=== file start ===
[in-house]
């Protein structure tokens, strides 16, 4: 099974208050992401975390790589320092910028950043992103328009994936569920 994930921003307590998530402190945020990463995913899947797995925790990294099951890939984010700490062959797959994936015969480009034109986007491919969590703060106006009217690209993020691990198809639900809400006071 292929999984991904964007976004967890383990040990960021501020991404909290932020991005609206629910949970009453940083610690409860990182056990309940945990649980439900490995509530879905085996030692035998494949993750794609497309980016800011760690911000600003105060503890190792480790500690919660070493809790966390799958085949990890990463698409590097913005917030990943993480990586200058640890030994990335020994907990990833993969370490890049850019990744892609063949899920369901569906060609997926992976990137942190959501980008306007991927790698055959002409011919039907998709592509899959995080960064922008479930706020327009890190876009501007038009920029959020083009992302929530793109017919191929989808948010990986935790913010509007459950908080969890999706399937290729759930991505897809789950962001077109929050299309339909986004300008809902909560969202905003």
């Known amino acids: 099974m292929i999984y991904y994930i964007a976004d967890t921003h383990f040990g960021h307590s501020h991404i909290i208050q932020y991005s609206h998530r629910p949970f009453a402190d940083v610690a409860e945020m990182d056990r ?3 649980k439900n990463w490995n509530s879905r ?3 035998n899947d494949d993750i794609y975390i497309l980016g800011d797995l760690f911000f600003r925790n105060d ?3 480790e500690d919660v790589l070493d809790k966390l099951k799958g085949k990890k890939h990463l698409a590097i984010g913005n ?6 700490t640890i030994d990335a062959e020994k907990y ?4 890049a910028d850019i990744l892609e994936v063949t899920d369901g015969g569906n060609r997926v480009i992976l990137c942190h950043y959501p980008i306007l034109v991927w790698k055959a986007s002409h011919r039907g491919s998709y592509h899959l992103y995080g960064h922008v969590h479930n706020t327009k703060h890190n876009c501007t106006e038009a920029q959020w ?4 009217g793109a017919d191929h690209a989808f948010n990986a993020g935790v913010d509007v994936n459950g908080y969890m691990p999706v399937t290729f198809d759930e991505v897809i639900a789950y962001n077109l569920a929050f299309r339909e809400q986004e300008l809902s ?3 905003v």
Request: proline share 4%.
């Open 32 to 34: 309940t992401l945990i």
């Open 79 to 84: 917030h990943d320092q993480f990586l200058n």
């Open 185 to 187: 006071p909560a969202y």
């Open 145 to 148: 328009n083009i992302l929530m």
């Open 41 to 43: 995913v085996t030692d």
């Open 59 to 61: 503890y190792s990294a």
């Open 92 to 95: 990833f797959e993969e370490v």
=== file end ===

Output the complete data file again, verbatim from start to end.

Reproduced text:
[in-house]
């Protein structure tokens, strides 16, 4: 099974208050992401975390790589320092910028950043992103328009994936569920 994930921003307590998530402190945020990463995913899947797995925790990294099951890939984010700490062959797959994936015969480009034109986007491919969590703060106006009217690209993020691990198809639900809400006071 292929999984991904964007976004967890383990040990960021501020991404909290932020991005609206629910949970009453940083610690409860990182056990309940945990649980439900490995509530879905085996030692035998494949993750794609497309980016800011760690911000600003105060503890190792480790500690919660070493809790966390799958085949990890990463698409590097913005917030990943993480990586200058640890030994990335020994907990990833993969370490890049850019990744892609063949899920369901569906060609997926992976990137942190959501980008306007991927790698055959002409011919039907998709592509899959995080960064922008479930706020327009890190876009501007038009920029959020083009992302929530793109017919191929989808948010990986935790913010509007459950908080969890999706399937290729759930991505897809789950962001077109929050299309339909986004300008809902909560969202905003």
């Known amino acids: 099974m292929i999984y991904y994930i964007a976004d967890t921003h383990f040990g960021h307590s501020h991404i909290i208050q932020y991005s609206h998530r629910p949970f009453a402190d940083v610690a409860e945020m990182d056990r ?3 649980k439900n990463w490995n509530s879905r ?3 035998n899947d494949d993750i794609y975390i497309l980016g800011d797995l760690f911000f600003r925790n105060d ?3 480790e500690d919660v790589l070493d809790k966390l099951k799958g085949k990890k890939h990463l698409a590097i984010g913005n ?6 700490t640890i030994d990335a062959e020994k907990y ?4 890049a910028d850019i990744l892609e994936v063949t899920d369901g015969g569906n060609r997926v480009i992976l990137c942190h950043y959501p980008i306007l034109v991927w790698k055959a986007s002409h011919r039907g491919s998709y592509h899959l992103y995080g960064h922008v969590h479930n706020t327009k703060h890190n876009c501007t106006e038009a920029q959020w ?4 009217g793109a017919d191929h690209a989808f948010n990986a993020g935790v913010d509007v994936n459950g908080y969890m691990p999706v399937t290729f198809d759930e991505v897809i639900a789950y962001n077109l569920a929050f299309r339909e809400q986004e300008l809902s ?3 905003v």
Request: proline share 4%.
């Open 32 to 34: 309940t992401l945990i």
């Open 79 to 84: 917030h990943d320092q993480f990586l200058n």
């Open 185 to 187: 006071p909560a969202y």
């Open 145 to 148: 328009n083009i992302l929530m």
């Open 41 to 43: 995913v085996t030692d």
């Open 59 to 61: 503890y190792s990294a």
């Open 92 to 95: 990833f797959e993969e370490v």